I'm absolutely fascinated by the number of new small stores opening in Bend. And at a bit of a loss to explain it.
Human endeavor is wondrously messy and unpredictable.
People do what people do. Open stores. Because they want to.
I suppose that it's good for my store to have so many new openings around it. I've always maintained that almost all stores can last 2 or 3 years; so this may just about bridge the downturn in the local economy. Any sign of brisk activity is good for the existing stores.
I'm convinced that most of us have seen a 20% drop in sales; I'm currently running about 12% down for the year, but that figure is probably going to get worse. At the same time, this has been my most profitable year; all debt paid off, current on bills, savings untouched, taxes paid in full and on time.
As I keep saying, as long as you are over your 'break-even' point, it almost doesn't matter how much you gross, it matters how much you spend. You make just as much money at 20k with 50% margins as you do at 30k with 33% margins. As long as you can manage that, your bottomline should be safe.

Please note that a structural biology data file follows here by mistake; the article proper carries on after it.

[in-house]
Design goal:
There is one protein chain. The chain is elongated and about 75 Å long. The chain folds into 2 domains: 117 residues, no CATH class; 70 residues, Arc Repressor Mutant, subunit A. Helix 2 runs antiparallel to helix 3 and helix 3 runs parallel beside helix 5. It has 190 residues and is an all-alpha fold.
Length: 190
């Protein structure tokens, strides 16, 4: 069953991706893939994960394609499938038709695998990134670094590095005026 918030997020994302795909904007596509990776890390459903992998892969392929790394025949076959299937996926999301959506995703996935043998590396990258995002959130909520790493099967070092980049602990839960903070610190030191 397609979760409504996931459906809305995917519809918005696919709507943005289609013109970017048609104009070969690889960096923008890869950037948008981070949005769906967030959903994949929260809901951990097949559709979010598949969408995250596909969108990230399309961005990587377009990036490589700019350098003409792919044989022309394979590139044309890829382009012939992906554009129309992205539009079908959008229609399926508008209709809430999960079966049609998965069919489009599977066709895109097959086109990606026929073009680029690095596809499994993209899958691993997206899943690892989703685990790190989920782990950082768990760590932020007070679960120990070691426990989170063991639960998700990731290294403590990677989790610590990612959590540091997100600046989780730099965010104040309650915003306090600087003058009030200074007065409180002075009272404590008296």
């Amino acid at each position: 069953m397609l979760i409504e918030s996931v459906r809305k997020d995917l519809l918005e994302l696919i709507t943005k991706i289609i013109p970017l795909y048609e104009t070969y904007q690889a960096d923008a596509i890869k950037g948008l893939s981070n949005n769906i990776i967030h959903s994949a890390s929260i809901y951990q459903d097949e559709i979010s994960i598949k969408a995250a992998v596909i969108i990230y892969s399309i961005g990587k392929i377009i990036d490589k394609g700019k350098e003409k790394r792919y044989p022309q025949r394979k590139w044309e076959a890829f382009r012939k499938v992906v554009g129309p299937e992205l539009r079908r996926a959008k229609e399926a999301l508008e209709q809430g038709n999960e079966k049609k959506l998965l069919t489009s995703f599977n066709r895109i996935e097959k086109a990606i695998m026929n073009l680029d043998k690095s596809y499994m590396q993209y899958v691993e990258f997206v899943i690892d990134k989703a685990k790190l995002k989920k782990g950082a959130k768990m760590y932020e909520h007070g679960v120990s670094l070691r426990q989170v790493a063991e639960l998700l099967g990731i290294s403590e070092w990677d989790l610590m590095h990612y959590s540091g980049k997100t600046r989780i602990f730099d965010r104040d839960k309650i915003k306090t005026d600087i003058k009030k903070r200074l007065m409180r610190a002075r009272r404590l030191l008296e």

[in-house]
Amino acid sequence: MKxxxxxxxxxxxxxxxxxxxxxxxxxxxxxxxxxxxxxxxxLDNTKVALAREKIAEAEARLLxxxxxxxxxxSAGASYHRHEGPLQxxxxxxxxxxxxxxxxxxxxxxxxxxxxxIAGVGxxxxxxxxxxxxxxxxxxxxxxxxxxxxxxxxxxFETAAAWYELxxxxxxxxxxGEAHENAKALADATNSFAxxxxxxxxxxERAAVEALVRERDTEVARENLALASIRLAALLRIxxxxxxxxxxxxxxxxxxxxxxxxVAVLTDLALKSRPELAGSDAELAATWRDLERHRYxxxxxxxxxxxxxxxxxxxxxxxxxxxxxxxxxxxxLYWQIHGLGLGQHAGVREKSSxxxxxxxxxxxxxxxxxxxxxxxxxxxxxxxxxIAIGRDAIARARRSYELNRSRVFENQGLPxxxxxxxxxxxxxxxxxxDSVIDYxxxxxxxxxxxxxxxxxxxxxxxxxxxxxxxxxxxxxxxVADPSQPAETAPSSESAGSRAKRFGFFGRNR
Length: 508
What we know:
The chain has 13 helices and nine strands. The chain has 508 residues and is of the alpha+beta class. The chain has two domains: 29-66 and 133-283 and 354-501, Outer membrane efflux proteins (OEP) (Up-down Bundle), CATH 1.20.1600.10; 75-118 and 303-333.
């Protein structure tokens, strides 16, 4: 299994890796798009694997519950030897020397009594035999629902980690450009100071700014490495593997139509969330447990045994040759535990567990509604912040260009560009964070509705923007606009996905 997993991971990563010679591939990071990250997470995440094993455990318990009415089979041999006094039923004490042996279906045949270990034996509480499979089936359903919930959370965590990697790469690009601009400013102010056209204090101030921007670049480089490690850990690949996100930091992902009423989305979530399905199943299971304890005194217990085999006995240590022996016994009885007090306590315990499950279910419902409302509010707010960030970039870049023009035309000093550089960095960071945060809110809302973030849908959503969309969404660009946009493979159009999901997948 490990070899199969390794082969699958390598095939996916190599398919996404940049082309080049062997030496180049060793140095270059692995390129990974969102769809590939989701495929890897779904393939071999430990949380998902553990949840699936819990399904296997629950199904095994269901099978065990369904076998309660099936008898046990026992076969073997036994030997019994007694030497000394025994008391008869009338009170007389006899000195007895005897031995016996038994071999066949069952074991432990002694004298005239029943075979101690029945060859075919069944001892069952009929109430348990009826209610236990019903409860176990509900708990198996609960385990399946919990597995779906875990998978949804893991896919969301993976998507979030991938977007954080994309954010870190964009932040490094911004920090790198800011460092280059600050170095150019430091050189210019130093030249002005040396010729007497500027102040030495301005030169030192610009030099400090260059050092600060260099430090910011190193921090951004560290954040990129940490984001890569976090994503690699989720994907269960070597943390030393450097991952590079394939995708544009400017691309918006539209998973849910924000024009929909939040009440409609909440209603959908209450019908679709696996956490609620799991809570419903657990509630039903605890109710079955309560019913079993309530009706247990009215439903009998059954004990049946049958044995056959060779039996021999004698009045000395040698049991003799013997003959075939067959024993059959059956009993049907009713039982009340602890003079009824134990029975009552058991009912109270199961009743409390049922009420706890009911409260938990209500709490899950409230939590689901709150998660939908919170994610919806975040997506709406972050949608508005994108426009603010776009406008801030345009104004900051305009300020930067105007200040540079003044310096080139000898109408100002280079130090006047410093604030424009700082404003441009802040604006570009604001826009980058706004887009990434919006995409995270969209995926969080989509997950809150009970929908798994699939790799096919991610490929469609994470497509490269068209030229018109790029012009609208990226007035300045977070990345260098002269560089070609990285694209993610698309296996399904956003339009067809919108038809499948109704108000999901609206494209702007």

It's not as fun to be more careful and circumspect. I've always enjoyed the growth phases because it allows me to experiment, play around, try new things.
But the phases of being more disciplined have also been satisfying; you know, that feeling of satisfaction of being inside a warm house while the storm rages outside.
What has surprised me and gratified me, is so far even on the slowest of weeks, I've had enough to pay bills on time.
The difference this time, I think most of all, is that I don't have any debt. The debt burden in past slowdowns was horrendous. That, and the fact that I pushed sales so much above the 'break-even' point in the last growth phase (roughly 2002-2007) that I can sustain a substantial drop in sales without any danger.
I guess all it takes is 25 years of ups and downs, and hanging on by my fingernails for years, and just steadily chipping away at it.
1 hour ago